This is the prediction of the majority of private-sector economists in a survey carried out by the Wall Street Journal. According to 59%, the economic expansion that began after the global downturn in 2008 will end in 2020. Another 22% believe this will happen in 2021.
According to Scott Anderson, chief economist at Bank of the West, the present economic expansion is becoming quite extensive by historical standards, and a variety of late-cycle signs are to be observed.
Around two-thirds of survey respondents indicated the economy was “overheating” in connection with Federal Reserve interest rates tightening.
We do recommend taking all this with a pinch of salt, because economic downturns and peaks are not very easy to predict. An economic downturn is quite likely, as four out of every five economists surveyed by the WSJ believed economic issues will have “hit the fan” in three years.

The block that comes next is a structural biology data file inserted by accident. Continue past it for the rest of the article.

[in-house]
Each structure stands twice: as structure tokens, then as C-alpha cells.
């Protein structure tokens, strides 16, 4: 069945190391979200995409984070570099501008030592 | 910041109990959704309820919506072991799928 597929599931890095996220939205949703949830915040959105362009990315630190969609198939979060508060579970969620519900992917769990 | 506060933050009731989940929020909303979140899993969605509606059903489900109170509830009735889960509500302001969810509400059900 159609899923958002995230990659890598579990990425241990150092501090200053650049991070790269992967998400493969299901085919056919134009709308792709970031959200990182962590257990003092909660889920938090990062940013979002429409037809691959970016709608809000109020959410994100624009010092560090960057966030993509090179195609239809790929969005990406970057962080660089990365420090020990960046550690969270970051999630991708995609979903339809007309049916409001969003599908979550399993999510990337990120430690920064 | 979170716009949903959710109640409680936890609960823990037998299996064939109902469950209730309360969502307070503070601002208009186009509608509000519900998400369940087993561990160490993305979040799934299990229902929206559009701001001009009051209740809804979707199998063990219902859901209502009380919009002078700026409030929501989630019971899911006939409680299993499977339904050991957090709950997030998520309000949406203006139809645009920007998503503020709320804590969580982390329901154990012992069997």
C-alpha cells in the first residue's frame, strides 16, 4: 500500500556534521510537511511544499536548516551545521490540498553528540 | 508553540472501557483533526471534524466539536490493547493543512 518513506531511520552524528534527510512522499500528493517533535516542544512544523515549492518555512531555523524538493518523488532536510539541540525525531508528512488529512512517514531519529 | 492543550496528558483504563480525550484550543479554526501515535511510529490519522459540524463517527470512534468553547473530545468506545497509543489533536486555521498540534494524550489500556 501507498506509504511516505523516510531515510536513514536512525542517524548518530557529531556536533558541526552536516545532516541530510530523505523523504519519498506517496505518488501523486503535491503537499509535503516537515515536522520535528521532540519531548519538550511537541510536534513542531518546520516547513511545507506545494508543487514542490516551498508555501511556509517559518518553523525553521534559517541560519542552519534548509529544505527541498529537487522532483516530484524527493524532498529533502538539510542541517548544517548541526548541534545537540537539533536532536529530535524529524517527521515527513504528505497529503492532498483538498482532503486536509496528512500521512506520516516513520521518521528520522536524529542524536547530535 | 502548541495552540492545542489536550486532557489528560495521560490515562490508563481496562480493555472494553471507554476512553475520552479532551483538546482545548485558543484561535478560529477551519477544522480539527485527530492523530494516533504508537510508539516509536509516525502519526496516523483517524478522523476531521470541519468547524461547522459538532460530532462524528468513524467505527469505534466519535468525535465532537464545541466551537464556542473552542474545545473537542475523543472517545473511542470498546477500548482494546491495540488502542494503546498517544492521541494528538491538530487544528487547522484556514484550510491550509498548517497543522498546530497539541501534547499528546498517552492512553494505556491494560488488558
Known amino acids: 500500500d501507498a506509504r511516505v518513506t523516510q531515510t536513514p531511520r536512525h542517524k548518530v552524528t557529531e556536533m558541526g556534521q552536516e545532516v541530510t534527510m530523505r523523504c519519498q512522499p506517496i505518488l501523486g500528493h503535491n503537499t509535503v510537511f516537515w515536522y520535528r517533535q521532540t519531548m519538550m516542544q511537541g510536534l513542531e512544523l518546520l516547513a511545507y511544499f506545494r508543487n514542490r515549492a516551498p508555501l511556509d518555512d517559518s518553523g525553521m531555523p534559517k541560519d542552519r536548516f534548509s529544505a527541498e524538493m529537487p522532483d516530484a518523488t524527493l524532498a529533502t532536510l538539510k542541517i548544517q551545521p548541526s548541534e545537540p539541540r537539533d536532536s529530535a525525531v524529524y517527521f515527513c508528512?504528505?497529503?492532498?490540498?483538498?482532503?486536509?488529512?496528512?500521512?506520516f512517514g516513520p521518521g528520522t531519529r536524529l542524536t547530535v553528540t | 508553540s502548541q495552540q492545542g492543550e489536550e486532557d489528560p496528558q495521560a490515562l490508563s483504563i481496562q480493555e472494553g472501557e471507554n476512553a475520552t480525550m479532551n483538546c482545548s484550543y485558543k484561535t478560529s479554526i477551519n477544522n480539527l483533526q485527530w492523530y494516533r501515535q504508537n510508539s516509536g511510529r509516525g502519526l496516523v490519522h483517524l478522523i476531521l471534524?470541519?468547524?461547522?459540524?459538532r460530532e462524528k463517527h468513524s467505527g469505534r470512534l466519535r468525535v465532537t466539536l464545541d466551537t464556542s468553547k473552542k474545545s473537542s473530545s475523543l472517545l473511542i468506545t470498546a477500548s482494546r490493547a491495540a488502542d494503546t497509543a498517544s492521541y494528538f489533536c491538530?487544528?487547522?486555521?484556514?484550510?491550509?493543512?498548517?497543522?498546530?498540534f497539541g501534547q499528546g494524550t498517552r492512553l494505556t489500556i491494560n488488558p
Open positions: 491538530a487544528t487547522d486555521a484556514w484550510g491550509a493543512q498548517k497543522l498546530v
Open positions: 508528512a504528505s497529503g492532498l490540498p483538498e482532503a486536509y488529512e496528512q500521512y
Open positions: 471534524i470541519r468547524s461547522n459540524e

The current economic “boom” is the second-biggest in history. It is still behind the IT bubble of 1990, which almost lasted a decade. That expansion ultimately led to low employment rates. A lot of people ended up earning less money than before the downturn of 2008, as well as losing retirement savings and health insurance. This might mean that poor, working-class people will be those most heavily impacted in the aftermath of another economic crisis.
Combined with the elimination of social safety nets across many US states, this paints a pretty bleak picture of the future, unless you’ve saved something up for a rainy day.